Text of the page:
For example, if the user intends to buy a mini PC or small form factor case, then unluckily the only option the user is left with is a mid-range or low-profile GPU (because of the short length). Whereas for a full tower, not just the user is having wide upgradability, but it can also have the latest graphics card, a processor with a nice cooler, and a bulky PSU to fulfill the power requirement nicely.
E. Miscellaneous features
This part contains elements of the case that may not be mandatory but if given, can be a great add-on. Such as dust filters, headphone hangers, rubber feet, handles to lift, LED lights, front port accessibility (latest generation), etc.
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Q5. Which PC case is best for gaming?
There are three main perspectives by gamers on which the scope of these chassis relies. Firstly, gamers are more attracted to the ability of their computer to get upgrades in the future. Apparently, full towers and mid-towers are more likely to fulfill this wish. Whereas, the mini PC and small form factor cases are prone to get any latest upgrading so they are less feasible to last you years.
Another popular stance is the space-saving perspective. Gamers are extremely serious about their space to play games, there are several peripherals stationed on the table. A professional gamer, who needs a beastly performance, also needs a computer that takes as little space as it can. For this, mini PCs are an ideal choice.
There is a third idea hiking up nowadays. That is the cooling mechanism of the PC. If you too belong to this aspect, then full towers and mid-towers could be your ultimate pick. As they are more adaptable for liquid cooling and even air cooling by adding several fans to keep the hardware under tolerable temperature.
Furthermore, gamers also want their PC to sync with the overall setup of their gaming station. It should have RGB lights glowing the case and the room under the darkness pumps adrenaline. This certainly pulls attention towards the aesthetics of the PC, which usually comes into consideration for full and mid towers more than mini PCs.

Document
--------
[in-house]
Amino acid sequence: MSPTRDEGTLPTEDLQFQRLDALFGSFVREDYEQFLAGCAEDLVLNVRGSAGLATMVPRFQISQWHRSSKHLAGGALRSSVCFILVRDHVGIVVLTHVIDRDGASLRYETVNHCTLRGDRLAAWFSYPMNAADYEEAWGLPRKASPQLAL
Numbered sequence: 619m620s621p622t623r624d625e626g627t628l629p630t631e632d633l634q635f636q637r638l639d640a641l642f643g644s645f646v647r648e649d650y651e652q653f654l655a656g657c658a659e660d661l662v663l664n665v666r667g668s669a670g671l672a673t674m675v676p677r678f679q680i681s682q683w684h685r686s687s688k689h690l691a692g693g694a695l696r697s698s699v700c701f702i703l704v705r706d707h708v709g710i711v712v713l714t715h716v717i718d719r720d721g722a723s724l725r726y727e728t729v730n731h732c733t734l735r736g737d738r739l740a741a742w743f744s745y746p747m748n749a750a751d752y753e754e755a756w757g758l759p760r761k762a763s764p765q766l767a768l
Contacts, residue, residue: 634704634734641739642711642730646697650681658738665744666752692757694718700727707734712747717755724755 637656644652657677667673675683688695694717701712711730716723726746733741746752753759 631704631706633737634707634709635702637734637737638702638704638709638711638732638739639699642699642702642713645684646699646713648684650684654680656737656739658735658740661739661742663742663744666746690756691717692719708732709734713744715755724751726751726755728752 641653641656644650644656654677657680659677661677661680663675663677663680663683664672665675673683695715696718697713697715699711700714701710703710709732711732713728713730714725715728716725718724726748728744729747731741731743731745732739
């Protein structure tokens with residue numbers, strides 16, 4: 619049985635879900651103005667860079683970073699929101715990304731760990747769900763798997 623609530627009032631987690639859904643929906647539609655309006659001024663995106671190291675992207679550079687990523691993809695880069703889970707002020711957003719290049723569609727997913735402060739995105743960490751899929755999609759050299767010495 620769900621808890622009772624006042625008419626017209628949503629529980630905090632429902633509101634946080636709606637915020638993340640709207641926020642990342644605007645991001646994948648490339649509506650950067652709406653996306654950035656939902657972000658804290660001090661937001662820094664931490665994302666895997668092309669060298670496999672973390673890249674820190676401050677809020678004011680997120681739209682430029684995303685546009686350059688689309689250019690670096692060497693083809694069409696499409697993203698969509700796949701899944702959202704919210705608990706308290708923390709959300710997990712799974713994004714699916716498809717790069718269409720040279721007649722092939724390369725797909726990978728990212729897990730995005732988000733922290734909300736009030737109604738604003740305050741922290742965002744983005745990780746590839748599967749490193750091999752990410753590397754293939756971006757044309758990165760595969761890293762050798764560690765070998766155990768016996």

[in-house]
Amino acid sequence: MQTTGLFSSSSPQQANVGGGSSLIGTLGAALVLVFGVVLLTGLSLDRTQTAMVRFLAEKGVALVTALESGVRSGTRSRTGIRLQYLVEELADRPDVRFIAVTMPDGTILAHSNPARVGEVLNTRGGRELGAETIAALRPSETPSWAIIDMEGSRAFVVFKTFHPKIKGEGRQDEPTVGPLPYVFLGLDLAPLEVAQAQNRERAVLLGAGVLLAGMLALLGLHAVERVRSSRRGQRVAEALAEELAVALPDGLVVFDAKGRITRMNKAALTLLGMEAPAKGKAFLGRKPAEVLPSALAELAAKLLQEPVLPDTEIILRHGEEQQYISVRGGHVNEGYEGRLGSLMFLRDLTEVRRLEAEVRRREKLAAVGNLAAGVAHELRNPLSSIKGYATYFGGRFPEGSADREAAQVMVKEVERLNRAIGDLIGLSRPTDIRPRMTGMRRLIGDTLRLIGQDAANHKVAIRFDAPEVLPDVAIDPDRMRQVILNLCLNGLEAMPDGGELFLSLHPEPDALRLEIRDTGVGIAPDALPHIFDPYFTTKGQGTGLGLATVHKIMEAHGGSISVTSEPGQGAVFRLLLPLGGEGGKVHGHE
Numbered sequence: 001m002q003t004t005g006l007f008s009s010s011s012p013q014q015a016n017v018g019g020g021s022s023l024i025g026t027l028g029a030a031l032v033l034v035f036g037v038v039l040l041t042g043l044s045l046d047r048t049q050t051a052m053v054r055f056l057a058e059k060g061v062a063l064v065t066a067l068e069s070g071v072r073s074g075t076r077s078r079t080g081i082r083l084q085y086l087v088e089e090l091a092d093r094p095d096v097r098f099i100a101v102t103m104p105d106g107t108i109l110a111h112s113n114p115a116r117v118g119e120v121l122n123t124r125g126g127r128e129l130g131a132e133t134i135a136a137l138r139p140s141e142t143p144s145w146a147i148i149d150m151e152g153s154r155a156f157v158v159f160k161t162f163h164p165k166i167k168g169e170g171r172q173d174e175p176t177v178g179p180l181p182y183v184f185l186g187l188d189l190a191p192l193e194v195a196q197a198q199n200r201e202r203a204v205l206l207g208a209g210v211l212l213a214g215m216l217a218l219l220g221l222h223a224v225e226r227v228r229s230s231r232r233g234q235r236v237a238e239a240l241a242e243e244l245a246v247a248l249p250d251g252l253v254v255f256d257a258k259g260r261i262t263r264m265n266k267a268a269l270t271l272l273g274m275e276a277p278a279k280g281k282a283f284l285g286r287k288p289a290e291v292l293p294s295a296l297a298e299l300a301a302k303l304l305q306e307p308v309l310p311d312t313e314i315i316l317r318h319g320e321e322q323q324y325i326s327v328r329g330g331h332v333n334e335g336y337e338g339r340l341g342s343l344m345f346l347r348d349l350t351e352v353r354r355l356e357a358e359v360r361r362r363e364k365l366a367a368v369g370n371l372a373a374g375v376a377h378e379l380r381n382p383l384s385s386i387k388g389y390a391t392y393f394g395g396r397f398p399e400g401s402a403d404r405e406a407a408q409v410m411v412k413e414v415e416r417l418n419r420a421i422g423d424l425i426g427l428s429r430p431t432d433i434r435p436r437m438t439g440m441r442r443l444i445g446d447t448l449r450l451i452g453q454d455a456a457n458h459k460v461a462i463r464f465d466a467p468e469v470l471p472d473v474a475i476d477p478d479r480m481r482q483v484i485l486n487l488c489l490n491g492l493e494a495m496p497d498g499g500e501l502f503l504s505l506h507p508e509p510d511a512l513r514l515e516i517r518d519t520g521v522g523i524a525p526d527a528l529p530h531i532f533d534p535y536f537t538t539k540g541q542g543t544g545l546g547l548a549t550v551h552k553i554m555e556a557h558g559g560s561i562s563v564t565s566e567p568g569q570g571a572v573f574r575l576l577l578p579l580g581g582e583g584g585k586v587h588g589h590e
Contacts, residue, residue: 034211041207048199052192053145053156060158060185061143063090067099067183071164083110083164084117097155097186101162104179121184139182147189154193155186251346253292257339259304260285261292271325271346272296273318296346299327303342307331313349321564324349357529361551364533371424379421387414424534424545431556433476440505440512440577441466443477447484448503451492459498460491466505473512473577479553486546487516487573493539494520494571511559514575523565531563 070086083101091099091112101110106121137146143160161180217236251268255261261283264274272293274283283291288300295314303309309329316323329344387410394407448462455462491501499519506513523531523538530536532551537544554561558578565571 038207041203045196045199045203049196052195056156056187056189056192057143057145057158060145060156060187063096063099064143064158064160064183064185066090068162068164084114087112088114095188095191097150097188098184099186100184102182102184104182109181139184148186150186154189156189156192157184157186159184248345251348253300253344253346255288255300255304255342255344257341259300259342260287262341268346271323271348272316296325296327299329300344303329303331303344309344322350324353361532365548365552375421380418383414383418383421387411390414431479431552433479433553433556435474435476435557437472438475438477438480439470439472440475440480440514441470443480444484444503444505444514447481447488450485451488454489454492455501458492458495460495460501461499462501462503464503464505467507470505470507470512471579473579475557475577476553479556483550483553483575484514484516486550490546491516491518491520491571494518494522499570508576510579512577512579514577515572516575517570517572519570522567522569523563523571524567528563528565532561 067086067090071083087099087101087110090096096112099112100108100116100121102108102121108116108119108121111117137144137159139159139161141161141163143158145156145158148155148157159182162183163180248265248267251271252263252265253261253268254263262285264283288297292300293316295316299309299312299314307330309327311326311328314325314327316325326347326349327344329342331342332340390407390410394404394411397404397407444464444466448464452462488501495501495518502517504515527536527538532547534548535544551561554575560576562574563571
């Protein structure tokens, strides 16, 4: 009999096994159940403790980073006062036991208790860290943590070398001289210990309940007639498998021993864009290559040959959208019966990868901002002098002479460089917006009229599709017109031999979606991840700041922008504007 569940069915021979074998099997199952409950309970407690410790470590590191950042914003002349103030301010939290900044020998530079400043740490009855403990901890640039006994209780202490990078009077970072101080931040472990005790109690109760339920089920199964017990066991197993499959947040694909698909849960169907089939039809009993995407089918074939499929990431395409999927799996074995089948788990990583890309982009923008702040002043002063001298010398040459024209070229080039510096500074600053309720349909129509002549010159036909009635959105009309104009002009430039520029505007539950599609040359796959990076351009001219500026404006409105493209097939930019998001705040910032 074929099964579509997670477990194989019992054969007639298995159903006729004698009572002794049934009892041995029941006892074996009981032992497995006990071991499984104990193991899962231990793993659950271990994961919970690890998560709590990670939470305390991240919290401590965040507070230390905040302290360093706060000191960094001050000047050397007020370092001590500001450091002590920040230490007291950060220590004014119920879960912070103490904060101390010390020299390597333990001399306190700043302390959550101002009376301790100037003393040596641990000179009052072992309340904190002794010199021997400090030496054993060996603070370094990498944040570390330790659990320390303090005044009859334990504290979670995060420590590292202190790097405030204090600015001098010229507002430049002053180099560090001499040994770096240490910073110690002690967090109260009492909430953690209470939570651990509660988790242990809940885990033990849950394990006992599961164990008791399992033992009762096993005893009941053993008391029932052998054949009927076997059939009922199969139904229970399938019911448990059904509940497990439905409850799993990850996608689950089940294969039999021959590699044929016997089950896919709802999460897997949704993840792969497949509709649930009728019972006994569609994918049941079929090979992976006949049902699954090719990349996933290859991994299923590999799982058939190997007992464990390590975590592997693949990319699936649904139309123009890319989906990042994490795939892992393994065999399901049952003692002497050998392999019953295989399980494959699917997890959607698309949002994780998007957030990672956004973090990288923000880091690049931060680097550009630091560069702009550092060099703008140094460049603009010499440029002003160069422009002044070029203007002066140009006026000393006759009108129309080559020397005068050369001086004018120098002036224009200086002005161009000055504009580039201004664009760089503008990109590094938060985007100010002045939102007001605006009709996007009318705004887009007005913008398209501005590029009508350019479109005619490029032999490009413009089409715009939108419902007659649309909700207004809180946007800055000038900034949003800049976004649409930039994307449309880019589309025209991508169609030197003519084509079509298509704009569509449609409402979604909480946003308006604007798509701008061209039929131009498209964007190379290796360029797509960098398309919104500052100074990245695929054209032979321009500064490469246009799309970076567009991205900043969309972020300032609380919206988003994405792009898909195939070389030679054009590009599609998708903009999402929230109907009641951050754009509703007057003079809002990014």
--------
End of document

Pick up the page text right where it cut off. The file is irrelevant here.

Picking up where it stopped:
Now looking back at your question. The best PC case would be what is important to you the most.
Q6. How much does a PC case cost?
There is a wide variety of different cases including full, mid, and mini towers. Some of them are plain looking and some have caught the envious eyes of the lookers by adding tempered glass panels. One of the best PC cases we have seen is one with 3 sided panels giving up a panoramic view of the interior, under the name of HYTE Y60, that costs you $200.
On the other hand, moving towards some popular PC brands, we have some amazing desktop chassis like Thermaltake Core V71 with a price tag of $164. Then we have the $269 Corsair 7000D and a mid-tower PC case with RGB Aura Sync and 420mm radiator i.e. the Asus Rog Strix Helios EVA Edition that will cost you up to $400, suitable for a serious intensive level of gaming.
So the nutshell is, the cost of the case depends on not only the brand/company but the additional features attached to them as well, and of course the quality too. The more specs you want in the case the more you have to pay for it. Though the minimum price of a desktop case is around $50 to $60 and the maximum goes up to $500 in a blink of an eye.
We always recommend buying a PC case first before anything else, if you want to build your computer yourself. Though keep an ideal perspective of the hardware whether it should be something latest or belong from the last generation. Check out the features that will tell you the maximum possibilities a specific case is ready to adopt. Following this, a manual is extremely important to read thoroughly to avoid any misleading and unwanted purchasing of the components later.